28E Jobs Lane Southampton, NY 11968 , United States Call Seller 631.204.0383

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"Queen"

$ 2,875
  • Description
    Original 1965 oil on masonite painting of a queen on her throne with embellishments of gold and silver leaf by the well known American artist, Harry Sternberg. Signed lower left. Circa 1965. Condition is excellent. Original frame made of wormy chestnut. Overall framed measurements are 25.5 by 14.5 inches. Provenance: A Long Island, New York estate.

    HARRY STERNBERG (1904-2001)
    MORE INFORMATION
    Harry Sternberg was born on July 19, 1904 on Manhattan’s Lower East Side. His father, Simon Sternberg, was a dealer in fur garments who immigrated to New York from Russia. Sternberg’s mother, Rosalia, was an immigrant from Hungary. In 1910, Simon and Rosalia moved to Brooklyn, with Harry and his eight older siblings. When Harry was 9, he began to take free art classes at the Brooklyn Museum of Art.

    Though Sternberg credits his Jewish upbringing and lively home life to have been full of excitement, he often found the noise distracting and disrupting. The young artist had other priorities, stating “All I wanted to do was draw and read.” As a result he sought out the public library in Brooklyn and relished in the peace and learning that went on inside. Sternberg compared the institution to “…a temple, like a synagogue.”

    Sternberg’s interest in music and art was nourished by his friendship with teacher, Harry Wickey. Sternberg once stated, “I had never heard classical music at home-any music-and my first teacher, Harry Wickey, decided to educate me, and he’d come every Friday …”. Wickey was a printmaker and ignited Sternberg’s interest in the art form. With Wickey’s encouragement, he began printmaking as well as making presses and selling them. Sternberg credits Wickey as his “first teacher” and someone who was “trying very seriously to educate me.” Hungry to learn, Sternberg devoured the knowledge.

    In 1922, Sternberg began his studies at the Art Students League in New York. He paid for tuition by working part time at the General Theological Seminary of the Episcopal Church. At his first job, Sternberg earned funds to pay for his education and obtained valuable life lessons from members of the church about philosophy, history, literature and religion.

    Fresh out of art school, Sternberg moved into a studio in New York City in 1926. The artist spent a couple of years making prints and learning techniques of the trade. Once his portfolio was developed, he took it to Fredrick R. Keppel and Company, one of the finest print dealers in the city. The gallery gave him a show in 1928, Sternberg’s first big breakthrough. Through Keppel’s he met Carl Zigrosser, an important gallery owner who showed enthusiasm and interest in Sternberg’s work. Carl gave him a show and acted as a major influence in the cementing of Sternberg’s career as a printmaker.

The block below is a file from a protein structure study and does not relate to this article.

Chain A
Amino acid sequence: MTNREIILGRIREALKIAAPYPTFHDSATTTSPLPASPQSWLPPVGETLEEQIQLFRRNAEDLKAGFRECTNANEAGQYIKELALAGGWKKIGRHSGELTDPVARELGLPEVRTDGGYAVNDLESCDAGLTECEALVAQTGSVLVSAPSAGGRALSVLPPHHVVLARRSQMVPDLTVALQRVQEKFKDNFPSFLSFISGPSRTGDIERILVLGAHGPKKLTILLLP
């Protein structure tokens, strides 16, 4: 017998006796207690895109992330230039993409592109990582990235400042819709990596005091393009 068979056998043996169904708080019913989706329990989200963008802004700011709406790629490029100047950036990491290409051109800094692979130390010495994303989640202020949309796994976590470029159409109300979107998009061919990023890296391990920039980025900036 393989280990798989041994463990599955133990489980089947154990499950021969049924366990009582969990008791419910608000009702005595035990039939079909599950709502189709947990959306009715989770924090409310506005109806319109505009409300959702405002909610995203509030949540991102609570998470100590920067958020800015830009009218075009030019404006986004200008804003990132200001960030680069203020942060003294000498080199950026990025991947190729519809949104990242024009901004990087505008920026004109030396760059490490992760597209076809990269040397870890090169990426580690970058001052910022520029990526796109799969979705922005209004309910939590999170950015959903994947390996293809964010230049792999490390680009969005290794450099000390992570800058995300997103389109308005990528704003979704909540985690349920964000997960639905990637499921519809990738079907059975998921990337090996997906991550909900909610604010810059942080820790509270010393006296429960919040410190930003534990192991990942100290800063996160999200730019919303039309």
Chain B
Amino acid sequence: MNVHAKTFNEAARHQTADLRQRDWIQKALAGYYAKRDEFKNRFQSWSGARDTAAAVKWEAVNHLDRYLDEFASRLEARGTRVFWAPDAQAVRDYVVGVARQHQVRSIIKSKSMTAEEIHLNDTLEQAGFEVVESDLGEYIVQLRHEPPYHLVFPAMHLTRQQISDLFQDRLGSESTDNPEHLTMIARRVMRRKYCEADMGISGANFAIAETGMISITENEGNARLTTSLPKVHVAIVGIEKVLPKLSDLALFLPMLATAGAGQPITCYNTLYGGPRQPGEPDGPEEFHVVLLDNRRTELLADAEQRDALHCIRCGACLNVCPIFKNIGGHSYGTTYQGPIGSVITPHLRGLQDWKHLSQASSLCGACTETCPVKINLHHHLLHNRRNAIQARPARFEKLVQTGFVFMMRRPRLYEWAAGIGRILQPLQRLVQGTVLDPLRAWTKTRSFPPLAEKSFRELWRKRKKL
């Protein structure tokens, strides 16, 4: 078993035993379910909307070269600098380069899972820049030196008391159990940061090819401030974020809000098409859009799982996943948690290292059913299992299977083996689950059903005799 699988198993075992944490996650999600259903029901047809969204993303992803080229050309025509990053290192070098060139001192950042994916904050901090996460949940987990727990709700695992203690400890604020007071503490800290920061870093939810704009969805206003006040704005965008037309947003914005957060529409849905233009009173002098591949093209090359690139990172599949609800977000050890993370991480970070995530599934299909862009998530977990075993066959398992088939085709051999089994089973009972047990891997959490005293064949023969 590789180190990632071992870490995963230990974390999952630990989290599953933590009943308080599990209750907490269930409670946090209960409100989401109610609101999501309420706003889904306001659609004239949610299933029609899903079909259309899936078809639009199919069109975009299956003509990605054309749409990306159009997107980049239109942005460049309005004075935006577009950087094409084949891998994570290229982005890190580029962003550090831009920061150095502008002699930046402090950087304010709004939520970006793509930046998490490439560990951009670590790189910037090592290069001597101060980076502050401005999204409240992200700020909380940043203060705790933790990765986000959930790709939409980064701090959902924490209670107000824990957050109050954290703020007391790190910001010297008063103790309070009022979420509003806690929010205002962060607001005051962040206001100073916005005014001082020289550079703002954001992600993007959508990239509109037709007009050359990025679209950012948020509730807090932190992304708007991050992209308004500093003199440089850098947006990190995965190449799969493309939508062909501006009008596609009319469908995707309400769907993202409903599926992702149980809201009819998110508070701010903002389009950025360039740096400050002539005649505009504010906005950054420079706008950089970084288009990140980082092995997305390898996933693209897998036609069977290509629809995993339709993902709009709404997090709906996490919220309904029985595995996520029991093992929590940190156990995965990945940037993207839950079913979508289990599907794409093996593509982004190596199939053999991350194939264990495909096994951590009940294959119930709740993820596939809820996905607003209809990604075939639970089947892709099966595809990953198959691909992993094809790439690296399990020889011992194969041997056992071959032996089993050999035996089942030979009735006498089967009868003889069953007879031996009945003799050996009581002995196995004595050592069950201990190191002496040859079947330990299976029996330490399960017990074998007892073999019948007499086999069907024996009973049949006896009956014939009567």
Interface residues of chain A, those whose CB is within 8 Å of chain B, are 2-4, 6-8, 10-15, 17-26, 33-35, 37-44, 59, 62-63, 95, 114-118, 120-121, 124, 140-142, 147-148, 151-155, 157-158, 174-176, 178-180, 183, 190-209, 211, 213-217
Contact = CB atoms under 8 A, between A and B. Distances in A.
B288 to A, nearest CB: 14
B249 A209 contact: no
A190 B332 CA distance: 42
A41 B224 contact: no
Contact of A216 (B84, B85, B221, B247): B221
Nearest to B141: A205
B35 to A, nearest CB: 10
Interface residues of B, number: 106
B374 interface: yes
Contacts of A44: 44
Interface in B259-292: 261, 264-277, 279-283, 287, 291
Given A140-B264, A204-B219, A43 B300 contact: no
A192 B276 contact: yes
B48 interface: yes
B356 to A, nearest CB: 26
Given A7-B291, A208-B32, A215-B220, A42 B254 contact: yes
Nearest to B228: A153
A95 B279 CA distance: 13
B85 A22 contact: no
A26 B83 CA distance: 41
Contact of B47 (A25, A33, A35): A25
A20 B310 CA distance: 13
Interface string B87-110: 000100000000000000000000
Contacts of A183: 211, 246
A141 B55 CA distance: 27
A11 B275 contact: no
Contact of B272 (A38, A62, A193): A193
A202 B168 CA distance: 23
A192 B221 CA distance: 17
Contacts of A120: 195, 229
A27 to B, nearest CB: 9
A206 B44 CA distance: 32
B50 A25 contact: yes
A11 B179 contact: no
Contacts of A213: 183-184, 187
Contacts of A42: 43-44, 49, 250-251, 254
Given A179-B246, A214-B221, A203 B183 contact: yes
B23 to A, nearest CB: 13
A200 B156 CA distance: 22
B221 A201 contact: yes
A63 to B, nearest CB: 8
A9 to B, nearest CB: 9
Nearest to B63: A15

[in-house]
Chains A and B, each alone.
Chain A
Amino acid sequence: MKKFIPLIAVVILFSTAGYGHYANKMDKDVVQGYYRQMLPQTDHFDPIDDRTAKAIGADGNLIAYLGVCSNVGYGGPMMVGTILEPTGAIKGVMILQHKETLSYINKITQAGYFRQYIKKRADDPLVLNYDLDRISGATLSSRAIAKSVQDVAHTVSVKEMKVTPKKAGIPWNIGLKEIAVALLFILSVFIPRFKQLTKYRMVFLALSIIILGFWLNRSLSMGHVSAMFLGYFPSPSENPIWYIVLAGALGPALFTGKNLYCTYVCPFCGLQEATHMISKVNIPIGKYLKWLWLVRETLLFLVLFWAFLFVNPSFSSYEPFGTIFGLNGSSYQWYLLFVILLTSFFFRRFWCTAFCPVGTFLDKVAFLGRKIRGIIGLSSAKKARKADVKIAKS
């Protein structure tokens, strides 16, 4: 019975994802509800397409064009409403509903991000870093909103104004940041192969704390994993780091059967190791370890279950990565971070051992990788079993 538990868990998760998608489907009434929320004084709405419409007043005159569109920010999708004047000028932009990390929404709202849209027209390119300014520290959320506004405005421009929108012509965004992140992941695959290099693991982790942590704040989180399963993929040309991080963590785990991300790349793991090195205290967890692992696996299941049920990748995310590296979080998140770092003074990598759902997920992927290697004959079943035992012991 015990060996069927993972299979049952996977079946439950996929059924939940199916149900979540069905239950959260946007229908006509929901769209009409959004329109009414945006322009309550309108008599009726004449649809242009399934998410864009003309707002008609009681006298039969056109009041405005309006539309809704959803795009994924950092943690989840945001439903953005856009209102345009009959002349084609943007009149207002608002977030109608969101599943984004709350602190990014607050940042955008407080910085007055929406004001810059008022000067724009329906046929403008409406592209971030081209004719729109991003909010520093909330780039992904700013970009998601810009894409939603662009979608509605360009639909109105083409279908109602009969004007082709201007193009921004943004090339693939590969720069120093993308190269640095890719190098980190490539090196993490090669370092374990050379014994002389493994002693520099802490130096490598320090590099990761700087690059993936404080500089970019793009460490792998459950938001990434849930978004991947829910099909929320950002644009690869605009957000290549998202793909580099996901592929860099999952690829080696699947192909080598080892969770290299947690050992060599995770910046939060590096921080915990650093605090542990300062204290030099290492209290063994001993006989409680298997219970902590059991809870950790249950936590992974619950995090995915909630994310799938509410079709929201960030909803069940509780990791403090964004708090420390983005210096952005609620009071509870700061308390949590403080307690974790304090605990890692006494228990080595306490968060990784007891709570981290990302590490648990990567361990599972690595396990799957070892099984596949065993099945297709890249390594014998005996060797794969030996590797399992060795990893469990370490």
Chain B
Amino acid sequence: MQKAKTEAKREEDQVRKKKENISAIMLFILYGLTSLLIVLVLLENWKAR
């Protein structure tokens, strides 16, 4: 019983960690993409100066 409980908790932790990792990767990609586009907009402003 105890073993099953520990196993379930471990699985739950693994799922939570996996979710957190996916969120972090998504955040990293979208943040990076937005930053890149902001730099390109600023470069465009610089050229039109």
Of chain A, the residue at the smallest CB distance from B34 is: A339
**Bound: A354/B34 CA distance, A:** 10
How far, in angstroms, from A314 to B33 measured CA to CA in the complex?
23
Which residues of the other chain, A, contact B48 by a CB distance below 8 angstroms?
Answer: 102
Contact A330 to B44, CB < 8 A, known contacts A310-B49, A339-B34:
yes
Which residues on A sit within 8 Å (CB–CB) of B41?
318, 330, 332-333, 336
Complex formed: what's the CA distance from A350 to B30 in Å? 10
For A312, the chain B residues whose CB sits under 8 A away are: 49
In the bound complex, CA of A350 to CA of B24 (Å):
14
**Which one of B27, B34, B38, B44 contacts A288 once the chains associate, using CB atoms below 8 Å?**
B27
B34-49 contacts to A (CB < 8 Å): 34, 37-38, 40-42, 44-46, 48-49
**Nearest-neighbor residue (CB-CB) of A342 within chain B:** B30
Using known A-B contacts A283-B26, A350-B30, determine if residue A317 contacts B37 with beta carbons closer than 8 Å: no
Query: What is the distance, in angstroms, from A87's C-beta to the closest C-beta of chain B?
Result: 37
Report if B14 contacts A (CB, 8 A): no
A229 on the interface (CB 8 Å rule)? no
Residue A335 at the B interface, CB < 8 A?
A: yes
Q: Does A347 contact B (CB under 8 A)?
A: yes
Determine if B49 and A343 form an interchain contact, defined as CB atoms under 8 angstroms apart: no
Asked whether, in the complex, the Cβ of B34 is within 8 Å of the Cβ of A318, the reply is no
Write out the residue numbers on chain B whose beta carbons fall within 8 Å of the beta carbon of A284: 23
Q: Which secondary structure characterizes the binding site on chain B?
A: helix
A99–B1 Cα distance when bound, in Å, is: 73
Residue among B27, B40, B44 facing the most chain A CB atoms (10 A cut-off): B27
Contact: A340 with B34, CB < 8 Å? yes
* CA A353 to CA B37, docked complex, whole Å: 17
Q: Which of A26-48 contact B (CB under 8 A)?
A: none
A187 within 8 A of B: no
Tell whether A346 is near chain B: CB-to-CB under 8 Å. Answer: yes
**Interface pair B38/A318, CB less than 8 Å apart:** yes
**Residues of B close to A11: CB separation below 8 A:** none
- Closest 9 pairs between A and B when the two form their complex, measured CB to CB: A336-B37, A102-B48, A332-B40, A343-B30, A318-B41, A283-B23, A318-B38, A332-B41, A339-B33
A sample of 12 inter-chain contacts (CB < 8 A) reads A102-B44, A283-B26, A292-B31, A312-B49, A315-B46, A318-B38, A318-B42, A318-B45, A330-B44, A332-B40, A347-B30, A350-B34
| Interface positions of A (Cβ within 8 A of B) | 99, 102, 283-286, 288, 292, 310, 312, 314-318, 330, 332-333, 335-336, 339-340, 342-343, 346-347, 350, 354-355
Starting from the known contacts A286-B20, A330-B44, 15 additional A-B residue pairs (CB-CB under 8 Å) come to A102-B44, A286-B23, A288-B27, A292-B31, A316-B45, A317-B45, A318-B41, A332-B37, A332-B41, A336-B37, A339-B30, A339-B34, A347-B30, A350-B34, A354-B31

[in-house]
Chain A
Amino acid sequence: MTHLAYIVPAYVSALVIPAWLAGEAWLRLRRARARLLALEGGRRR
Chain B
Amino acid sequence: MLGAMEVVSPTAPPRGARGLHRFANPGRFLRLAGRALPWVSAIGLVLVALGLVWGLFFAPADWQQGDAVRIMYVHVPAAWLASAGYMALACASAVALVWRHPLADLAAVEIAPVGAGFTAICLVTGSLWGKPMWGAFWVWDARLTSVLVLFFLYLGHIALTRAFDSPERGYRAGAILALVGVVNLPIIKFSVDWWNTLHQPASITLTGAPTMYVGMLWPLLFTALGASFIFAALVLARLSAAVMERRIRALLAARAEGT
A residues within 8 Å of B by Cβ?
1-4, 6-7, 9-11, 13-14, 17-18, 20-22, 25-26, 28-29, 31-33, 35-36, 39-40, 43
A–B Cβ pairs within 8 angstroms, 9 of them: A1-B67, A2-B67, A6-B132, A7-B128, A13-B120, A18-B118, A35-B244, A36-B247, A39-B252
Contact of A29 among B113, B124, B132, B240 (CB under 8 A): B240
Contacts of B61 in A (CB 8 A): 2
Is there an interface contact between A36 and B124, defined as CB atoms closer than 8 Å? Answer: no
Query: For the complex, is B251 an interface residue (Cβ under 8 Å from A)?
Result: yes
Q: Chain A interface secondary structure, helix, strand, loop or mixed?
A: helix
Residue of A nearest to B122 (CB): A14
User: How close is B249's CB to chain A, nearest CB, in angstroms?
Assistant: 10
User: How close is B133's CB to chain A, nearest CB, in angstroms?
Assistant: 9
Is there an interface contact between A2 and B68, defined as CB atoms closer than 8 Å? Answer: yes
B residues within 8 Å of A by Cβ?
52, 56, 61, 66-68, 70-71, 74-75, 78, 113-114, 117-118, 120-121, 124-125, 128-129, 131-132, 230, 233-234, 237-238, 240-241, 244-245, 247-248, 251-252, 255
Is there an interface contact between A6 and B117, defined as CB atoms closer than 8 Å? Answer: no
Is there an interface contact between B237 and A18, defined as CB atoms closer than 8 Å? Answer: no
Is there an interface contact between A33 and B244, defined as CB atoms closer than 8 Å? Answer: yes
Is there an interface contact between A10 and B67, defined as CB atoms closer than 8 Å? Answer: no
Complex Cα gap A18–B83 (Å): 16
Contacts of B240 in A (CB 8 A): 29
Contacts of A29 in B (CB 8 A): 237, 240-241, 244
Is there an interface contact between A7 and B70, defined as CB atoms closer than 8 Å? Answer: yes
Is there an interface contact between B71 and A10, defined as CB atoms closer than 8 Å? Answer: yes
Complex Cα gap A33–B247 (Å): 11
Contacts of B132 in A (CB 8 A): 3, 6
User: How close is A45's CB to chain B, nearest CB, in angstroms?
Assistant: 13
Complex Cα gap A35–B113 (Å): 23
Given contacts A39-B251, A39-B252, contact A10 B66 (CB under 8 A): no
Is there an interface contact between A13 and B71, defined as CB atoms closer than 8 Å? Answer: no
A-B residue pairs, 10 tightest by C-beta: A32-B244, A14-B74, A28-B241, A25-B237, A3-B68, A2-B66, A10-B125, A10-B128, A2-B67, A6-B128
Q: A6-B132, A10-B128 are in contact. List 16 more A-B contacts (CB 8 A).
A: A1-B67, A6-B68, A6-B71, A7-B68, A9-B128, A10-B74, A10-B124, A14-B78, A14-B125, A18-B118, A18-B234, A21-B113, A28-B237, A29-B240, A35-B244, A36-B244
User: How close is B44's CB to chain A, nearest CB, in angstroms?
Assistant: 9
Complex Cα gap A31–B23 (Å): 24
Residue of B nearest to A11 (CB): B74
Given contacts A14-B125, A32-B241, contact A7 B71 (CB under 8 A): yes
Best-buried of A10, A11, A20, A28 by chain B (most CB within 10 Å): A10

In 1933, Sternberg was appointed to the staff of the Art Students League of New York. He would continue his position there as an instructor, two days a week, for the next 35 years. His strength as a teacher lay in a remarkable ability to get his students to trust their personal instincts. While maintaining his position as a fine printmaker, Sternberg began to paint murals commissioned by the United States Department of the Treasury Section of Fine Arts. Multiple examples of these murals currently exist in United States Postal Offices. In 1939, Sternberg married Mary Gosney with whom he would later have one daughter, Leslie Louise Sternberg.

    Later in his career, the artist began to show paintings. Sternberg first showed his paintings in 1943 in a one-man exhibition at the ACA Gallery. The politically left-oriented gallery allowed him to focus on statements in his work and aided in Sternberg’s smooth transition of incorporating paintings into his range of compositions. The Whitney Museum of American Art in New York also contributed to Sternberg’s success as a painter. The Whitney picked one of his paintings for their first show at the museum’s new location on 8th Street, a proud accomplishment for the artist.

    In 1966, Sternberg retired from the Art Students League and moved to Escondido, California. For thirty-five years, he continued to work as an artist creating prints, paintings and woodcuts. He was given a major retrospective exhibition in 2001 at the California Center for the Arts in Escondido, California. Later that same year, Sternberg passed away on November 27th; he was 97 years old.
  • More Information
    Documentation: Signed
    Origin: United States, New York
    Period: 1950-1979
    Materials: Oil paint with gold and silver leaf embellishments on masonite
    Condition: Excellent
    Creation Date: Circa 1965
    Styles / Movements: Modernism
    Incollect Reference #: 550057
  • Dimensions
    W. 7 in; H. 18 in; D. 3 in;
    W. 17.78 cm; H. 45.72 cm; D. 7.62 cm;
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